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The 8th Conference of the SI

International Situationniste #12 (September 1969)

Translated by Reuben Keehan

THE NEXT SI CONFERENCE will be held in Italy at the end of September 1969.

The provides an opportunity to clarify several aspects the SI's organization in the past and in the present. Notably, this includes dispelling the strange myth of our hierarchical and dictatorial organization, which amusingly accompanies the other myth — strongly contradicted by every single one our texts — according to which we are advocates of a pure spontaneism when it comes to mass action. The most fantastic sketch of the SI's supposed evolution toward centralism can be found in the article — monstrous in every regard — published in issue 12 of the journal Communications, by Robert Estivals, a researcher at the CNRS. Beginning with an obviously false quotation from I.S. #3 — "a federative conception of the SI founded on national autonomy was imposed from the start by the Stalinist section" (sic) — the author notes that this federalism was abandoned in favor of a "central council" which "soon . . . held all the powers of the conference." He arrives at the conclusion: "Gradually, the dictatorship of this central committee actually allowed Debord to directly run the SI himself."

In order to leave this delirious reasoning where it belongs — it goes on to insinuate that the obsessive Debord single-handedly stirred up the May movement and even caused its defeat ("the action in Strasbourg, a general repetition of this undertaken in Paris . . . Debord's pronounced liking for the word 'international' is, by the way, very noticable. . . . The Situationist International is essentially the work of Debord. . . . no psychological restructuring has been carried out, and this, in our opinion, is the cause of the SI's error, and consequently, the failure of the neo-social democracy of the May 68 students") — let us remind everyone of a reality that is rather foreign to the police/psychological conception of history according to Estivals. Until this day — and this is very deliberate — the SI has never had more than twenty five to thirty participants — often less — which already throws these little histories of the deprived base commanded from above into a more truthful light. We have constantly demanded the participation of autonomous individuals, even if the real capacities of a few may not have always lived up it. Indeed, on the basis of a widely held accord in the initial period, there was complete autonomy among our various national groups; not only in practice, but also with regard to the very notions of what the SI would become, even if they did not coincide with those of opposing tendencies. Any change of position was accomplished within the groups themselves, even though there never any more than three groups conducting effective activities at any one time (most often the Dutch, French and German sections). The Central Council was therefore established at the London Conference as a council of delegates, meeting every two or three months to co-ordinate the activity of our groups, and having no kind of existence outside these meetings. Although they were nominated by the Conference, the delegates were occassionally replaced before a meeting by other members sent by their group. After the Göteborg Conference, there was a sharp debate within the SI that would be somewhat oversimplified if it were described as a confrontation between the "artists" and the "revolutionaries," but which was split along such lines to some degree. The theoretical discussion was long and extremely democratic, but in the end, the absolutely divergent practical manifestations, rupture of all solidarity and distinct breaking of engagements by the artists — who nevertheless wanted to remain in the SI and compromise it entirely by choice — led to their exclusion in 1962. At that point, the sixth Conference, in Anvers, decided that a coherent theoretical unification had been accomplished. Following this, when the question of dissolving the Central Council was posed, it was maintained only to emphasize the allegience of comrades in Scandinavia who were actively opposing the deceptive publicity of the Nashists, who for some time after purported to represent the SI in the art galleries and newspapers of Stockholm. After the dissapearance of Nashism, no further mention was ever made of this Central Council, which was formally suppressed without debate at the 1966 Paris Conference. After 1962, the SI had written that although several comrades were geographically dispersed throughout Europe, it considered itself to be a single unified group whose basic activities would be organized in France, where the journal that constituted its principle publication was issued (it ceased to carry the subtitle "central bulletin" after its 9th number). Our perspective was naturally to move on from the foundations laid by this coherent group by reforming into national sections whose activity was genuinely autonomous. The first version of this, the English section, fell apart just as it was beginning to exist as a group (cf. the note The Latest Exclusions this issue). It was only between 1968 and 1969 that the SI was once again formed into national sections, each editing its own journal (this just goes to show that there was never a "Strasbourg group," but only a few SI members who lived in that town until early 1967).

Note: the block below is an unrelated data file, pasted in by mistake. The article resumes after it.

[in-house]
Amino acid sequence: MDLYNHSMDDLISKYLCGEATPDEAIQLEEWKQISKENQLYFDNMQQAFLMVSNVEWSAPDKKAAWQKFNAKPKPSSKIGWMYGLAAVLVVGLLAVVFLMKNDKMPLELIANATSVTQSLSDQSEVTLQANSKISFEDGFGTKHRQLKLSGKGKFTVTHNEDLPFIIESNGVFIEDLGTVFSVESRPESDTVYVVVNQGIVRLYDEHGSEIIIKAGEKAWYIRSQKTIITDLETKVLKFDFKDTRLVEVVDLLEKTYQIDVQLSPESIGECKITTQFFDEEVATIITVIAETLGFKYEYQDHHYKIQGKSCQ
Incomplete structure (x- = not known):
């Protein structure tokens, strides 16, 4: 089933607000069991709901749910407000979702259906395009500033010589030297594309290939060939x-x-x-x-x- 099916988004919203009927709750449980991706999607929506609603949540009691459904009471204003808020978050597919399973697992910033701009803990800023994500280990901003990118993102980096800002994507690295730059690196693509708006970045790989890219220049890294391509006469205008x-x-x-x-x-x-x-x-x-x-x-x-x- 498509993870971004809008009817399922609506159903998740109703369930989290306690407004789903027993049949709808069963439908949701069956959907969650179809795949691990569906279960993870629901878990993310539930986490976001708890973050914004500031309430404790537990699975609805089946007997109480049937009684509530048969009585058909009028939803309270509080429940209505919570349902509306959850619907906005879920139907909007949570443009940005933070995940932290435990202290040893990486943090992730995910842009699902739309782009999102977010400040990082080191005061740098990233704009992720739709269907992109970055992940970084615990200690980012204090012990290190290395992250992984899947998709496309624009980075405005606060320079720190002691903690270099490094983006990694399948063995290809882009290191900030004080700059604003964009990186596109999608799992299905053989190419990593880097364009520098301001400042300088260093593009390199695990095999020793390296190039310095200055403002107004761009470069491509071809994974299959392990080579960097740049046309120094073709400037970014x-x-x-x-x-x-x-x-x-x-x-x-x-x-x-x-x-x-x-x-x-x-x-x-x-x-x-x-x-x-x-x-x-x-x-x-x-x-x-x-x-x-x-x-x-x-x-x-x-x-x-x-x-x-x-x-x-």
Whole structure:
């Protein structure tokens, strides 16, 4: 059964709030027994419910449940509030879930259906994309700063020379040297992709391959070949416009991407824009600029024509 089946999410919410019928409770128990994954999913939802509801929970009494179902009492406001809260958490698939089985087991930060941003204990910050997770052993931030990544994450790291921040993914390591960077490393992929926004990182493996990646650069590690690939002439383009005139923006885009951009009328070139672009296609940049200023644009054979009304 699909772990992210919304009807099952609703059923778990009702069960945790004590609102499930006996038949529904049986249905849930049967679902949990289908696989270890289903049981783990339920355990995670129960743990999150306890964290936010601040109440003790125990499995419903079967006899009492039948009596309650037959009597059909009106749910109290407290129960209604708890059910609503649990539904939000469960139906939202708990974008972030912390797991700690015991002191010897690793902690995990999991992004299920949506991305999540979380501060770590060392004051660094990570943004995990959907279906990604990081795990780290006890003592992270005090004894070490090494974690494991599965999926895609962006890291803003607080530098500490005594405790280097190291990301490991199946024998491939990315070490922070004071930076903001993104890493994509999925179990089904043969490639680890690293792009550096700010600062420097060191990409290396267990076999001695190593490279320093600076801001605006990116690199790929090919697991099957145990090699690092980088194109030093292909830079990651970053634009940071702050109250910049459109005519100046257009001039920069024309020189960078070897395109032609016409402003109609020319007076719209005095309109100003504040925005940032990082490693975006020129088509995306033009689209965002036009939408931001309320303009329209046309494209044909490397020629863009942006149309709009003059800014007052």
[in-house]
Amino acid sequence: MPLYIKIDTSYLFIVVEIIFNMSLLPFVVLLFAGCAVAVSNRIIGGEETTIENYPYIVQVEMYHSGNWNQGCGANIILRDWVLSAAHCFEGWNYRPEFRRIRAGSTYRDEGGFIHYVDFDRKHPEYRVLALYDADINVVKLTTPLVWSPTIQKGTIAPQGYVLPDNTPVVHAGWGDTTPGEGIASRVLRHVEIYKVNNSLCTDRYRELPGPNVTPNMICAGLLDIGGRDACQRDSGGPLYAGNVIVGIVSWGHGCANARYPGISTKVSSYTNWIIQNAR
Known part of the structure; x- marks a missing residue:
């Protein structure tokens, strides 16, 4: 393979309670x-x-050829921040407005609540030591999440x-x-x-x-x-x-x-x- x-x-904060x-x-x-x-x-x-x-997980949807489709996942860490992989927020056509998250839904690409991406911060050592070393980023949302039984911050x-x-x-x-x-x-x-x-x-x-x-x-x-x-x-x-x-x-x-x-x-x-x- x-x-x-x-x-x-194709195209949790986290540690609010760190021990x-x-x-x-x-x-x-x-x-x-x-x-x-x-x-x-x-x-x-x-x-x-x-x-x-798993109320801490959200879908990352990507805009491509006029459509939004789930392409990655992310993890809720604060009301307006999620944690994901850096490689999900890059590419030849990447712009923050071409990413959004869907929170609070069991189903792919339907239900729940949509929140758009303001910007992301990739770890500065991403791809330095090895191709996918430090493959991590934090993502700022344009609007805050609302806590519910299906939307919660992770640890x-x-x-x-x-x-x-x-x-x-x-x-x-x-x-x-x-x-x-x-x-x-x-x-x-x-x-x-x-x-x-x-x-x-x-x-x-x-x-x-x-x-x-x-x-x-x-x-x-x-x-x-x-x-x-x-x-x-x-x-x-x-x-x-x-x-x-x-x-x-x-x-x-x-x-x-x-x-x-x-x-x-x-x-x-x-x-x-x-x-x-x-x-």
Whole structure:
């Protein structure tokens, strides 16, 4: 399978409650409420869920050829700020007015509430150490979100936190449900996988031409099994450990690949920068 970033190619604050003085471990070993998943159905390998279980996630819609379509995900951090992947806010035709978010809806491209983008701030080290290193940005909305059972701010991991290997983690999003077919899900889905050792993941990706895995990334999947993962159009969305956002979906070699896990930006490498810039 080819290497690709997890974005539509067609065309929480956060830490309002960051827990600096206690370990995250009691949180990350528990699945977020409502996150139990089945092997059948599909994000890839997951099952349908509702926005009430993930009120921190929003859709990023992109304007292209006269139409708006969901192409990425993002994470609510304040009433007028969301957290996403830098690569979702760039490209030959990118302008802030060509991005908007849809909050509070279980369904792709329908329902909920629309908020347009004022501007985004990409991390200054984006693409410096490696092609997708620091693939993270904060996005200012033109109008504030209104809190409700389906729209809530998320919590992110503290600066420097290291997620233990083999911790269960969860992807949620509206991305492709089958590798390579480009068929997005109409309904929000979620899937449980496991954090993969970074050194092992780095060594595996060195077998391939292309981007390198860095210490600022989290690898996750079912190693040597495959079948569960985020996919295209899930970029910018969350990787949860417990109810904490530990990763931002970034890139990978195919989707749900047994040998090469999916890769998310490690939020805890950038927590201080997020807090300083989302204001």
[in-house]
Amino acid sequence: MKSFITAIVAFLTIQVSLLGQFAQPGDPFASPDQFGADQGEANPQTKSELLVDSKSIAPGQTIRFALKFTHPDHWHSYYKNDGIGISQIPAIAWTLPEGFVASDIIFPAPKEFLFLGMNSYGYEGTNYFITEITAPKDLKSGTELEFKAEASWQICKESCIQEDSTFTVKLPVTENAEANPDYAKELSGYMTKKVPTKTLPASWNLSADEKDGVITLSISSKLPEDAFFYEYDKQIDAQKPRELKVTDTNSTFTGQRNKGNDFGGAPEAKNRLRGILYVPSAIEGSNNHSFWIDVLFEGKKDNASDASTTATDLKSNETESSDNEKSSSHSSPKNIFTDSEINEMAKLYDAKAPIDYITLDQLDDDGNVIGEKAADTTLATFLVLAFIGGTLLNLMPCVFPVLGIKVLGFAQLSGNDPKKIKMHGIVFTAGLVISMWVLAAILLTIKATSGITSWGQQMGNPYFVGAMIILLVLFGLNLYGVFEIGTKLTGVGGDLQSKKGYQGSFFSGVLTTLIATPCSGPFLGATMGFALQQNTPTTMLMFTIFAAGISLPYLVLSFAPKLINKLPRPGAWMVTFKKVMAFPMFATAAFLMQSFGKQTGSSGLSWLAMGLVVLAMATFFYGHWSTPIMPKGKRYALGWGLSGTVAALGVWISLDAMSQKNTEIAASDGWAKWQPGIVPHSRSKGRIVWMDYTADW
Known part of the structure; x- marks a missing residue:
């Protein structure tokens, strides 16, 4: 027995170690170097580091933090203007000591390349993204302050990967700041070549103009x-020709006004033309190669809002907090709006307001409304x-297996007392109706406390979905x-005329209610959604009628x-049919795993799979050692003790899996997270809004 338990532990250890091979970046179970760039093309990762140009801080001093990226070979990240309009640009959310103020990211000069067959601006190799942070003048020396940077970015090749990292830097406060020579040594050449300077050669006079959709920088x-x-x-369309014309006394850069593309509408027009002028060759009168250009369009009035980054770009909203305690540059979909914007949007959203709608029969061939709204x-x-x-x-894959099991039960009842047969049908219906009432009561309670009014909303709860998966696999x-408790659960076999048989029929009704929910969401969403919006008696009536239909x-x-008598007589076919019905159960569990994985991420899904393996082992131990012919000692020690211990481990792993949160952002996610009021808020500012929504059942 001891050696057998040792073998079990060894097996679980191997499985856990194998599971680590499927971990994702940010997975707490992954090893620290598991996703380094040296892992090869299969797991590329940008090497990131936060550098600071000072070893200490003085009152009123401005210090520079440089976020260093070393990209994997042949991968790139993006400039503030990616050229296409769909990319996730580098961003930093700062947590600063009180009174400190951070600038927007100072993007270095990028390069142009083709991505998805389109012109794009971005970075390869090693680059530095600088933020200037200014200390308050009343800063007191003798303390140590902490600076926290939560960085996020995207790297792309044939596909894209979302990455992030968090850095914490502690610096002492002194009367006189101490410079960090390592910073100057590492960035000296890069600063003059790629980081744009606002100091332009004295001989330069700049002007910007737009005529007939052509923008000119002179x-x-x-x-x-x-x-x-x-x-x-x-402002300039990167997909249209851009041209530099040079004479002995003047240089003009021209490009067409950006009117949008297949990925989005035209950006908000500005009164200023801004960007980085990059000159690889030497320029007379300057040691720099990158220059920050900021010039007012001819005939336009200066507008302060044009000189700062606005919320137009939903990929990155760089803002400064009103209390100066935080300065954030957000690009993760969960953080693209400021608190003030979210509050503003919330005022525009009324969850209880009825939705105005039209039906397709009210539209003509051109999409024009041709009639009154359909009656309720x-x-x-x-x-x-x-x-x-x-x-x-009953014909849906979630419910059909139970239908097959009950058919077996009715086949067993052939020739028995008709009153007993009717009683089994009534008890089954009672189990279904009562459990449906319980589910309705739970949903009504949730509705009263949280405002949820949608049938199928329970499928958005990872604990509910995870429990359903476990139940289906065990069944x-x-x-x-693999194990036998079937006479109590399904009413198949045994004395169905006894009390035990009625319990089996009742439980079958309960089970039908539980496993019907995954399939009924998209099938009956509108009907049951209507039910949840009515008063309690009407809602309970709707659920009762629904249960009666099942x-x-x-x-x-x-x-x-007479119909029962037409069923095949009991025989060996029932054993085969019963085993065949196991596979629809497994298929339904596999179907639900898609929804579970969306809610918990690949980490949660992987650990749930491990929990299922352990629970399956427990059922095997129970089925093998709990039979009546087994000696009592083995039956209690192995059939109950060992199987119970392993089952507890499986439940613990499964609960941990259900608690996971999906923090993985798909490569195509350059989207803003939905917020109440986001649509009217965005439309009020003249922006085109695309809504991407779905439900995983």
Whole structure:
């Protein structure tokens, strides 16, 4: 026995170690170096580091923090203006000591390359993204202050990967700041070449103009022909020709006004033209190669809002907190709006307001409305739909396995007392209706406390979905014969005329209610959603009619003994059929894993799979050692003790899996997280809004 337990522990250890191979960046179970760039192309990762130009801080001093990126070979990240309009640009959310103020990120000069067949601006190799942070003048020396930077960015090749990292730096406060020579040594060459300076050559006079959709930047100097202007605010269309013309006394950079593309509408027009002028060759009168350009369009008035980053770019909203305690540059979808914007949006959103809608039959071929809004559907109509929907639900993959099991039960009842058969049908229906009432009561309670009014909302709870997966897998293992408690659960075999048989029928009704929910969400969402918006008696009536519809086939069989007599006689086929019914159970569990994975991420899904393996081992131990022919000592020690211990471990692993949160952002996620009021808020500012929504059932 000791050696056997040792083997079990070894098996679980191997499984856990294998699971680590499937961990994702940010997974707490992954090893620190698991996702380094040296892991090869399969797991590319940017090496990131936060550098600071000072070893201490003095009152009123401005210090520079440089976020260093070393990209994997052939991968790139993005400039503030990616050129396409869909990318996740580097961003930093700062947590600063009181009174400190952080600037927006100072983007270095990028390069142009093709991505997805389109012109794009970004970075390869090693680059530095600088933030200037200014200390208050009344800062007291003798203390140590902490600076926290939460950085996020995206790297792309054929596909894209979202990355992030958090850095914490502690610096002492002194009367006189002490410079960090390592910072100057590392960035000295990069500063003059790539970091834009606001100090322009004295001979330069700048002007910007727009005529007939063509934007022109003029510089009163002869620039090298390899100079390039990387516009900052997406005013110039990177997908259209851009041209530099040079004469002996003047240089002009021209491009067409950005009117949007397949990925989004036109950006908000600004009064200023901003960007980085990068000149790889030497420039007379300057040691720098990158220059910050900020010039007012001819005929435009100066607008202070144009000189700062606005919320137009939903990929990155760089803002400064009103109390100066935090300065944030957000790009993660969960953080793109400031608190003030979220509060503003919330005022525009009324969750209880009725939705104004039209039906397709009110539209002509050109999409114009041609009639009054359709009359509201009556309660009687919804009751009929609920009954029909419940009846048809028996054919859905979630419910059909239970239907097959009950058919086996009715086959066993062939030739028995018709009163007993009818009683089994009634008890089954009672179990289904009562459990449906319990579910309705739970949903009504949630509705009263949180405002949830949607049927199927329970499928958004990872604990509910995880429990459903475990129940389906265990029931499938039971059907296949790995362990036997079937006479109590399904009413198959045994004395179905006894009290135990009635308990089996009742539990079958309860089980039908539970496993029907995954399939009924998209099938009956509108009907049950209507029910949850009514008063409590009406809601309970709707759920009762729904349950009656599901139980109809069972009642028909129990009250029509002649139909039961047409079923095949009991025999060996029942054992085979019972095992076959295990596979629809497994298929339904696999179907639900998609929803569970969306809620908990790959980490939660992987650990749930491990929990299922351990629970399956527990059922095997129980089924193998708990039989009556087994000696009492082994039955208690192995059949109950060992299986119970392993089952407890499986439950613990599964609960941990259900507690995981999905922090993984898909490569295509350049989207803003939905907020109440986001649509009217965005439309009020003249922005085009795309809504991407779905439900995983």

Although it includes comrades of ten different nationalities — our sections are themselves international in composition — at the time of its 8th Conference, the SI is organized into only four sections: American, French, Italian and Scandinavian.